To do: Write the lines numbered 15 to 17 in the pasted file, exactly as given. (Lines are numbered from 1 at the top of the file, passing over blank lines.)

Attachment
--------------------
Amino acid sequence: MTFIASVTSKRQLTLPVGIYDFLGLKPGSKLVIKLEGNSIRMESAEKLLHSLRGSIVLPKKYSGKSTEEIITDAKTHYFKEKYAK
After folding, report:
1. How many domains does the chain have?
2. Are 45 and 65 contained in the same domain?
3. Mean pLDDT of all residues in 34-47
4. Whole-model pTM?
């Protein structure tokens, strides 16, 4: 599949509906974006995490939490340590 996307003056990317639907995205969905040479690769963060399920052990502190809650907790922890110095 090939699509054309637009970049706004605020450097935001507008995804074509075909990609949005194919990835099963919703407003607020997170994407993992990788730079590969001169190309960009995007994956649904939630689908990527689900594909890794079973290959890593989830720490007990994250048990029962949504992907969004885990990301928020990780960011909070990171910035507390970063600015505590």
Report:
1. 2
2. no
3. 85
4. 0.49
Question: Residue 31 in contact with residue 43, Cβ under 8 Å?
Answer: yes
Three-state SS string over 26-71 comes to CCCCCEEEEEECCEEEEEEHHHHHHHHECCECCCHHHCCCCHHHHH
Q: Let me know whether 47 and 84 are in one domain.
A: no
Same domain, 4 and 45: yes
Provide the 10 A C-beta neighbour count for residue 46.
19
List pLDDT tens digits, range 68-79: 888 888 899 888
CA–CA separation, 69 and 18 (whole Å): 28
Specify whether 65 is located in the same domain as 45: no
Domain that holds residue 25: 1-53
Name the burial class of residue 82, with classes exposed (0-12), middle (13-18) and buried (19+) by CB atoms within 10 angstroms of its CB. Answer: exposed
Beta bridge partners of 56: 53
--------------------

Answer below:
Three-state SS string over 26-71 comes to CCCCCEEEEEECCEEEEEEHHHHHHHHECCECCCHHHCCCCHHHHH
Q: Let me know whether 47 and 84 are in one domain.
A: no